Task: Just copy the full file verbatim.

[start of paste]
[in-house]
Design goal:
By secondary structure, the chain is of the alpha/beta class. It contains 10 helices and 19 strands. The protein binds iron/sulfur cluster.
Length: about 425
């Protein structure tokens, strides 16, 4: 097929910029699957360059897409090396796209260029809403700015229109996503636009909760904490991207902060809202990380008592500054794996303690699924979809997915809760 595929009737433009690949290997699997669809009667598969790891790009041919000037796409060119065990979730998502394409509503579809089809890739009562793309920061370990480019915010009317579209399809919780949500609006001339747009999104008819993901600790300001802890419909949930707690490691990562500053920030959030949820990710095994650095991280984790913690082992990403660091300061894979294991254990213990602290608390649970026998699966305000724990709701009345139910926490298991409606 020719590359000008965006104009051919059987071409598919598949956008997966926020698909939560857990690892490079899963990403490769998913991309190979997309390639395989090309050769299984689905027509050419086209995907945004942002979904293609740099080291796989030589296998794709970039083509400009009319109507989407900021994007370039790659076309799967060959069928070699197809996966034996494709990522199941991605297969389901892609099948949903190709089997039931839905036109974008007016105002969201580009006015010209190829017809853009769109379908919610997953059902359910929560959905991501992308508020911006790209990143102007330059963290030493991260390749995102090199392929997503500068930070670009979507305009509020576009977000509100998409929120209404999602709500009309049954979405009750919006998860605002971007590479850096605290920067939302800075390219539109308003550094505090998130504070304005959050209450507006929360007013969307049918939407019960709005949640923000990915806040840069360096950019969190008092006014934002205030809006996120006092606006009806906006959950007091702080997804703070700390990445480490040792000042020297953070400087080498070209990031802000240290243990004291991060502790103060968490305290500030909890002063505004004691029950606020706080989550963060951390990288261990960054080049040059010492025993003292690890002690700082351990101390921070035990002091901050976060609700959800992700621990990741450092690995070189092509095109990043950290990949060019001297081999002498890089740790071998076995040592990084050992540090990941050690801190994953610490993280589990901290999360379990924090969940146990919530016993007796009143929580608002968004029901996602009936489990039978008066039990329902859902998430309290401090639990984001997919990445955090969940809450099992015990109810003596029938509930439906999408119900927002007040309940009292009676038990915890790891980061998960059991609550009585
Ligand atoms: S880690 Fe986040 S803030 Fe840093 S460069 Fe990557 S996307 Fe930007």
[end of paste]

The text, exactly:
[in-house]
Design goal:
By secondary structure, the chain is of the alpha/beta class. It contains 10 helices and 19 strands. The protein binds iron/sulfur cluster.
Length: about 425
């Protein structure tokens, strides 16, 4: 097929910029699957360059897409090396796209260029809403700015229109996503636009909760904490991207902060809202990380008592500054794996303690699924979809997915809760 595929009737433009690949290997699997669809009667598969790891790009041919000037796409060119065990979730998502394409509503579809089809890739009562793309920061370990480019915010009317579209399809919780949500609006001339747009999104008819993901600790300001802890419909949930707690490691990562500053920030959030949820990710095994650095991280984790913690082992990403660091300061894979294991254990213990602290608390649970026998699966305000724990709701009345139910926490298991409606 020719590359000008965006104009051919059987071409598919598949956008997966926020698909939560857990690892490079899963990403490769998913991309190979997309390639395989090309050769299984689905027509050419086209995907945004942002979904293609740099080291796989030589296998794709970039083509400009009319109507989407900021994007370039790659076309799967060959069928070699197809996966034996494709990522199941991605297969389901892609099948949903190709089997039931839905036109974008007016105002969201580009006015010209190829017809853009769109379908919610997953059902359910929560959905991501992308508020911006790209990143102007330059963290030493991260390749995102090199392929997503500068930070670009979507305009509020576009977000509100998409929120209404999602709500009309049954979405009750919006998860605002971007590479850096605290920067939302800075390219539109308003550094505090998130504070304005959050209450507006929360007013969307049918939407019960709005949640923000990915806040840069360096950019969190008092006014934002205030809006996120006092606006009806906006959950007091702080997804703070700390990445480490040792000042020297953070400087080498070209990031802000240290243990004291991060502790103060968490305290500030909890002063505004004691029950606020706080989550963060951390990288261990960054080049040059010492025993003292690890002690700082351990101390921070035990002091901050976060609700959800992700621990990741450092690995070189092509095109990043950290990949060019001297081999002498890089740790071998076995040592990084050992540090990941050690801190994953610490993280589990901290999360379990924090969940146990919530016993007796009143929580608002968004029901996602009936489990039978008066039990329902859902998430309290401090639990984001997919990445955090969940809450099992015990109810003596029938509930439906999408119900927002007040309940009292009676038990915890790891980061998960059991609550009585
Ligand atoms: S880690 Fe986040 S803030 Fe840093 S460069 Fe990557 S996307 Fe930007």